Jean Ignace Isadore Gerard ( September 13, 1803- March 17, 1847) is known to many by his pseudonym, J.J. Grandville, a very popular and renown French caricaturist. Born in Nancy, France , Jean was raised by a theatrical and artistic family- he took on the name “Grandville” after his grandfather’s professional stage name and was taught by his father, a painter of miniatures.
After moving to Paris and publishing collections of lithographs, Grandville embarked on a series of seventy prints, entitled Metamorphoses du Jour. With this collection, Grandville explored the personality traits of humans, pairing them with their animal counterparts. Showing extraordinary skill and keen observation, these whimsical and satirical images placed human bodies with animal faces and opened the door for Grandville. He started illustrating for magazines and publications, such as a Le Silhouette, L’Artiste, La Caracature, and Le Charivari, using his caricatures for social and political commentary.
In 1835, France reinstated a prior censorship of caricature, which forced Grandville to explore other work options. He chose to go the route of book illustrator, bringing images to popular titles such as Gulliver’s Travels, Robinson Crusoe, Don Quixote, and the fables of La Fontaine.
One of Grandville’s supreme achievements was the Les Fleurs Animes, a series released at a time when French printing technology was ascendant. A masterpiece of botanical illustration, this series of handcolored engravings displays floral maidens, each taking on the personality of her adorned flower. As such, the Forget-Me-Not mourns her loneliness and the exotic Tulip bewitches those who look upon her. Published in 1847, Les Fleurs Animées imagines a world where the flowers reclaim the meanings bestowed upon them by a covetous Victorian audience, and become actresses in their own drama. Of the fifty-four plates, we have four: Capucine, Giroflee, Nenunphar, and Tubereuse, Jonquille.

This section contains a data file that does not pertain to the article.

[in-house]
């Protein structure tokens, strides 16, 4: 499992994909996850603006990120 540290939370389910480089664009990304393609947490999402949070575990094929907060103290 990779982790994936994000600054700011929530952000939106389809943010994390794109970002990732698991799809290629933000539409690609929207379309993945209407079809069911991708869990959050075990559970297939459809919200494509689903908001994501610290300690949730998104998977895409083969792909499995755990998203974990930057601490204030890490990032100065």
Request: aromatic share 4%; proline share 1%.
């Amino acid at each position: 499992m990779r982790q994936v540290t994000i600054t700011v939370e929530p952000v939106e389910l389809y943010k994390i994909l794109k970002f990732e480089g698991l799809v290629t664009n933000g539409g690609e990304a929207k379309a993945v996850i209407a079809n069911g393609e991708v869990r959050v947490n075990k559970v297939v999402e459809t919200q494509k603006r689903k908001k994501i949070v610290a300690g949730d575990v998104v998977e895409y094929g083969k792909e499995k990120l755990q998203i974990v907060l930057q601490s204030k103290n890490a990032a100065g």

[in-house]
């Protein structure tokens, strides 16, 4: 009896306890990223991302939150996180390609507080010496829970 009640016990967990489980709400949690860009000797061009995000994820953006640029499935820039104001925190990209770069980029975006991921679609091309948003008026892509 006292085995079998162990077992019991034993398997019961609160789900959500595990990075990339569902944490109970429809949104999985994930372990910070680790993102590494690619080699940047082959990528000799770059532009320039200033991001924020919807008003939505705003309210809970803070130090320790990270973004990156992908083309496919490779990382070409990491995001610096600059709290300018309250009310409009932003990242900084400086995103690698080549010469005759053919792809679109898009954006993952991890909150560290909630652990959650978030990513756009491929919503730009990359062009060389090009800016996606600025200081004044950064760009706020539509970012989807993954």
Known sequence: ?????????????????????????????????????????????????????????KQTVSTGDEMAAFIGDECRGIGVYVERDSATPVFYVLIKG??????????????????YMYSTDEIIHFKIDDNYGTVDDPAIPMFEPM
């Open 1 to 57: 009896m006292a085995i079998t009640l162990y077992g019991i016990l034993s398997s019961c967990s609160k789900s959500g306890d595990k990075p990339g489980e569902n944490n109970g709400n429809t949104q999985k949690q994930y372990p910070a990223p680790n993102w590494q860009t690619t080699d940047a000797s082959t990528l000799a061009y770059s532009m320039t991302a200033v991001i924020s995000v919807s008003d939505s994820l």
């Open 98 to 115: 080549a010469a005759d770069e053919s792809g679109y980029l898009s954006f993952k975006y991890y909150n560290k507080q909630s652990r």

Capucine: This print features the Capucine, otherwise known as the Nasturtium. The flower’s shape resembles the hoods of Capuchin monks, and Grandville thus depicts the two flowers as Capuchin nuns, kneeling by a garden stake and praying. The Capuchin nuns were founded in 1538 in Naples by Sr. Maria Lorenzo Longo. They lived according to the rules and regulations of the Capuchin friars, and so austere was the life that they were called “Sisters of Suffering.” The order spread to France, Spain and beyond.
Giroflee: The Giroflee is the French word for the wallflower, a flowering plant with yellow and orange flowers. Here, the wallflower maiden is being ripped from her stone wall, her roots dislodging from the rocks. While she seems quite distraught, she is not putting up much of a fight, playing into the characterization of wallflower as shy, introverted, and passive.
Nenunphar: The Nenunphar is the White Lily, or White Lotus. It contains the active alkaloids nupharine and nymphaeine, and is a sedative. Although roots and stalks are used in traditional herbal medicine along with the flower, the petals and other flower parts are the most potent. The root of the plant was used by monks and nuns for hundreds of years as an anaphrodisiac, being crushed and mixed with wine to dispel passion. Here, the flowering Nenunphar is a beautiful white and yellow nun, with sleepy eyes, ignoring the gifts of a suitor.
Tubereuse, Jonquille : Tubereuse is the Tuberose flower, a night-flowering fragrant plant with white petals, and is part of the lily family. Nothing captures better the essence of tuberose better than its meaning in the language of flowers, used in Victorian England. Tuberose signified both dangerous pleasure and voluptuousness. The scent of the flower is a fusion of white petals and warm skin, an arresting sensual and heady fragrance. In Italy, girls were prohibited from walking in the evening in the gardens where the flowering weed grew, because it was said they would not resist the young people themselves intoxicated by the flower’s erotic perfume. The Jonquille flower is from the Narcissus genus, and is commonly refered to as the Daffodil. Following the Greek myth of Narcissus, a vain, beautiful god that fell in love with his own reflection, Grandville depicts this flower as a very attractive love interest. Here, the engraving depicts the interaction between these two flower people, entranced in each others presence and exuding a sense of love, desire, and obsession.
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